Treats v. feed

SoCalChickenista

In the Brooder
Nov 26, 2018
10
12
23
I know I shouldn't be giving my chickens more than 10% of their nutrition in treats.

I give them kitchen scraps which are primarily vegetable, shredded cabbage, leftovers of my cat's canned food and the occasional BOSS and meal worms. Not all of this all the time, of course, but something or other from the list most days. The thing is, I have NO idea how much feed they eat. So how do I estimate if they're doing their part by eating the other 90% in feed?

I have to top off their primary feeder every couple days. They pick at the big 20# feeders but those aren't their favs so I only top them off once a month or so.

My chickens don't look fat to me but then I'm not sure I trust my guess. So how do I know????
 

ChickNanny13

Crossing the Road
7 Years
Jun 23, 2013
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How many chickens do you have? Have you weighed them? Felt their keel bone?

I'm going to guess that they are eating more "treats" than their feed. I used to feed my girls nutritious treats 2x day; veggies, fruits, some leftovers, BOSS & MW. Then I read & was reassured that treats in moderation is ok but too much no matter how nutritious, was diluting the needed nutrition from their feed. I weighed them & they weren't up to what their weight for their breed should be, their keel bone was quite pronounced & they weren't eating they feed.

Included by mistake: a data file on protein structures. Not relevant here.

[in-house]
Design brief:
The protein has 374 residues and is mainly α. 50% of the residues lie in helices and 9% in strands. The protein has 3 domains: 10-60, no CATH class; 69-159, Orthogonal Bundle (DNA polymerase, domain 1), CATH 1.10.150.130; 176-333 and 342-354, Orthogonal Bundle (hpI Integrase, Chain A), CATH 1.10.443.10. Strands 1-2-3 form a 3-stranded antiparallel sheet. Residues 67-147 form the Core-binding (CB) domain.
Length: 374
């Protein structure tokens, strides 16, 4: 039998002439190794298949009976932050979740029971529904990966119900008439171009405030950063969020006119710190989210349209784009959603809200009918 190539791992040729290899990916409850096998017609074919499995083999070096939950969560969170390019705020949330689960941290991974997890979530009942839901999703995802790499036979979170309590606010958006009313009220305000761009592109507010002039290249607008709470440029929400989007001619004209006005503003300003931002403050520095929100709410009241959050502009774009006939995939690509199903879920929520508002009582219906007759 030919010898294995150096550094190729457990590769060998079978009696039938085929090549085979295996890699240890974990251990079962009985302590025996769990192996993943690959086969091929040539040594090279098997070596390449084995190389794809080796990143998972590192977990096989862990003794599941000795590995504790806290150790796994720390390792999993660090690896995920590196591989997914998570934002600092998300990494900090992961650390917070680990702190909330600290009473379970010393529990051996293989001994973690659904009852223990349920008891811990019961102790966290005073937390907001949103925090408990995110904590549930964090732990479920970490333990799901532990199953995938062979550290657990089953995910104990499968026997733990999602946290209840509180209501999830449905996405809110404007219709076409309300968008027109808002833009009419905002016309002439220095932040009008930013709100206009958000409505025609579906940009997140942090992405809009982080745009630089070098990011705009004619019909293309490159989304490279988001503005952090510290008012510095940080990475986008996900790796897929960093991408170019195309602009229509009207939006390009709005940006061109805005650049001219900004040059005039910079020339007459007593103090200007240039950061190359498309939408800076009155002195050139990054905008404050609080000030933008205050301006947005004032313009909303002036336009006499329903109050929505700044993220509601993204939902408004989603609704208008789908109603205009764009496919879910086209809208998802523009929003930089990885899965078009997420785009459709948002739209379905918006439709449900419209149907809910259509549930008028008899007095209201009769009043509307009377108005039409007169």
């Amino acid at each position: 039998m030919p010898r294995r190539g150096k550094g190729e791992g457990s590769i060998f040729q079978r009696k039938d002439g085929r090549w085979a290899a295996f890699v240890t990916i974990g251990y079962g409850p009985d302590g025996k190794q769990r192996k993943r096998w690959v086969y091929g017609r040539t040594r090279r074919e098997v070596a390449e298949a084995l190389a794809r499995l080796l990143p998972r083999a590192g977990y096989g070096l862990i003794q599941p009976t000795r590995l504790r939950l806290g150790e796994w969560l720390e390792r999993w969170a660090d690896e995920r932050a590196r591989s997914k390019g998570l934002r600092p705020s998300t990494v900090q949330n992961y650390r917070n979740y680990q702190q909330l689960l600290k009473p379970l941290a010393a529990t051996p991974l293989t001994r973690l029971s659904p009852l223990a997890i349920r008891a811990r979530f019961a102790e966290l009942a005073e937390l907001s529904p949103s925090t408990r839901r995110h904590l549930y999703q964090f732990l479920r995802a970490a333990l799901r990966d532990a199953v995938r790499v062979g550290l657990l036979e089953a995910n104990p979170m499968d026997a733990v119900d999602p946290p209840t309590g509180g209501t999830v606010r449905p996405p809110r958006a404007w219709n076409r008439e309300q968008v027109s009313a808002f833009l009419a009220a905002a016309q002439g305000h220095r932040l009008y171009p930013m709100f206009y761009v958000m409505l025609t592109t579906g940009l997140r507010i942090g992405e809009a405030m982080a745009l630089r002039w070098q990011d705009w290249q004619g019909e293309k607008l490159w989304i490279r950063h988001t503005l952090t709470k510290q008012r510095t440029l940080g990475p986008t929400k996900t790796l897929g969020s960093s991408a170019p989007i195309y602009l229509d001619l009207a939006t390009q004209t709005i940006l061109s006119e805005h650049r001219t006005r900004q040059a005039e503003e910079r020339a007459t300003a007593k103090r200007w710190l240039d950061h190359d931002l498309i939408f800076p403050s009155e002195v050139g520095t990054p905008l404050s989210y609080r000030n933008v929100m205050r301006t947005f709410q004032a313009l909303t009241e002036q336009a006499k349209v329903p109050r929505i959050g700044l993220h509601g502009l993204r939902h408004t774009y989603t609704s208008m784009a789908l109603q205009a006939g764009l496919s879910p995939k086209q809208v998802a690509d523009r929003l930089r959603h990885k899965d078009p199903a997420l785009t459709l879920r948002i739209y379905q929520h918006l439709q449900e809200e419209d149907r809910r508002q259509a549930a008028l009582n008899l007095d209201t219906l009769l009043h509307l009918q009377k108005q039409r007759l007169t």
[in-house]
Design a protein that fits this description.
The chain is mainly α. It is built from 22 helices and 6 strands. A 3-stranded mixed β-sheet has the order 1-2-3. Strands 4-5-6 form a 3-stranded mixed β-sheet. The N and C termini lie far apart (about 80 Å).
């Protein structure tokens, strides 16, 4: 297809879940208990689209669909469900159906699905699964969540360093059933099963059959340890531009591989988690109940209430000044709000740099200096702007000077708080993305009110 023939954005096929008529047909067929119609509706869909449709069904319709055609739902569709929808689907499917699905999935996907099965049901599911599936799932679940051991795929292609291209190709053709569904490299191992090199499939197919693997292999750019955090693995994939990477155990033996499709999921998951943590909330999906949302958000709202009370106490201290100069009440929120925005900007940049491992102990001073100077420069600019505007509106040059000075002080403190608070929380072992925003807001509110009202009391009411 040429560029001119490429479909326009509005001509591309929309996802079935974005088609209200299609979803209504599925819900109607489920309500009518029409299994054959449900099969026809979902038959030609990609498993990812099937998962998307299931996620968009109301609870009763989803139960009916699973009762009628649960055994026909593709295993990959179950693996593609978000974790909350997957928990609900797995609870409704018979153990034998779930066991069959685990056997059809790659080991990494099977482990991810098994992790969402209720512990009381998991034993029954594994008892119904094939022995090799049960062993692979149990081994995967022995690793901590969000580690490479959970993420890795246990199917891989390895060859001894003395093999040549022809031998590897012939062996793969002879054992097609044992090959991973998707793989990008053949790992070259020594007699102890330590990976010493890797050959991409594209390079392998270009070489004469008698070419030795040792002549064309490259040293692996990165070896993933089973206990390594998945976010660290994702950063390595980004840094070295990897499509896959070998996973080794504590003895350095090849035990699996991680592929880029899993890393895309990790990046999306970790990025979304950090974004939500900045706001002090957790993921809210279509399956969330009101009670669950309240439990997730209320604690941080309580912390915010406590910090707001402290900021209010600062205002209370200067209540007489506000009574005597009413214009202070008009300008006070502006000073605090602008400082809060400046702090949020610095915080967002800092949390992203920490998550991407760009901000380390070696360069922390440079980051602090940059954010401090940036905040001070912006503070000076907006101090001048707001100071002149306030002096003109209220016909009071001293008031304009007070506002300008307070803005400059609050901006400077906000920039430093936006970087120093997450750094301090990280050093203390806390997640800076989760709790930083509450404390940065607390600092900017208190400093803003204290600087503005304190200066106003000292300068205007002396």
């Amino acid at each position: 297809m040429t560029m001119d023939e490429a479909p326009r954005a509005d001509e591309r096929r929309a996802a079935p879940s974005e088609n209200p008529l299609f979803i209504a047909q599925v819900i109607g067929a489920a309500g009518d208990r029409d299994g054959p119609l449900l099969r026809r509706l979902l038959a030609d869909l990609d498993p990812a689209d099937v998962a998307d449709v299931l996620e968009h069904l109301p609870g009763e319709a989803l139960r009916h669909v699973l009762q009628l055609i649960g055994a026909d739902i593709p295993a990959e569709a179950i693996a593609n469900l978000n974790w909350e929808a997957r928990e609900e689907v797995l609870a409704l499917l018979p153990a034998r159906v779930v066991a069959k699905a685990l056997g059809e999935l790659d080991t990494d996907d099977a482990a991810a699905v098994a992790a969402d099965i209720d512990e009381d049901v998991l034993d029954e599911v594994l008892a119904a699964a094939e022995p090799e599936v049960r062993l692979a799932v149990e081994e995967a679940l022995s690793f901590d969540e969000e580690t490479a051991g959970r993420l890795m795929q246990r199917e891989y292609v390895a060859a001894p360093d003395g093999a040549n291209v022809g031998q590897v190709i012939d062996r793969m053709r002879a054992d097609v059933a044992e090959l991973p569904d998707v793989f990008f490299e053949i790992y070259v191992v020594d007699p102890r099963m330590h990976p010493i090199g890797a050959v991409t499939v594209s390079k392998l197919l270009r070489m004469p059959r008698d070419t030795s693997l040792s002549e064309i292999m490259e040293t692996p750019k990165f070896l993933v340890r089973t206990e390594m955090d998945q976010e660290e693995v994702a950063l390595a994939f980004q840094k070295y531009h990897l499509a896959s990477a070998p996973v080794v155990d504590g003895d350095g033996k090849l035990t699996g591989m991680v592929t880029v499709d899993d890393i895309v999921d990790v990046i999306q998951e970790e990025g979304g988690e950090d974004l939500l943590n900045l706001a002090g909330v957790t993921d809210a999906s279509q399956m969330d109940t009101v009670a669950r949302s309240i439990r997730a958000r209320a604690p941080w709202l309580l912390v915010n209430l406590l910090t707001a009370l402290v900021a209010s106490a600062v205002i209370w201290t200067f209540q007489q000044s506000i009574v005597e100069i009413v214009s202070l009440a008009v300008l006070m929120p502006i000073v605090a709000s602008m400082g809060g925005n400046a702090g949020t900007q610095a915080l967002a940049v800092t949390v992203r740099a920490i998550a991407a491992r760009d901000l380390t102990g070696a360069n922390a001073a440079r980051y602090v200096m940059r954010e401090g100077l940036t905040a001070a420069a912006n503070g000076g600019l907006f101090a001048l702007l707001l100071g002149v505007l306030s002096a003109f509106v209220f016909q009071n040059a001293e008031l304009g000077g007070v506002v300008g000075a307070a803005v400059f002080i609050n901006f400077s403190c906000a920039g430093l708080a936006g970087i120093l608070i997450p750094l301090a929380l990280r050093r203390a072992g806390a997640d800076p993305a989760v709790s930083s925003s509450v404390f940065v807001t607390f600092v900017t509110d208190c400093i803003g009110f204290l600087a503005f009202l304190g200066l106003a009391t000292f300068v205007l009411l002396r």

I stopped all treats, all they got was their fermented feed (Flock Raiser) ... Soon there were eating & put on weight, keel bone not so pronounced. I have only 4BO & they are confined so at close up, I started a measure of 1/8 cup BOSS & 1/8 cup MW & 1/8 dry crumbles tossed on the ground. That's all they get now.
 

SoCalChickenista

In the Brooder
Nov 26, 2018
10
12
23
I have 7. I thought the danger was that they'd get fat not that they'd be undernourished. What did I know? I've only been at this about 18 months or so.

I have never felt their keel bones and I'm not sure how they should properly feel.

They're all pretty strapping girls and one impressive roo. They've more or less knocked off laying since I don't light their coop. But until we started getting shorter days I got about 5 eggs per week from the 2 that are mature enough to lay so that sorta seems to indicate that they were in good form to me.
 

ChickNanny13

Crossing the Road
7 Years
Jun 23, 2013
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I thought treat would get them fat too but I could not figure out how to "measure out" 10% :rolleyes: There is a post with picture about the keel, I can't find it but it's here somewhere, will keep looking for it. You maybe doing fine, I'm no expert just reflecting my own experience.

Yes, shorter days will slow their egg laying down. I don't use light cause figure their bodies can us the rest plus my girls are "Pet with Benefits".
 

ChickNanny13

Crossing the Road
7 Years
Jun 23, 2013
9,060
12,855
967
The Big Island/Hawaii
Found this but there's another, hope it helps some ...
I'm "technically challenged" per my daughter & can't figure out how to paste a link. So if you search in the "Obese, well fed, and starting hens in the same flock" Post #6 is another chart.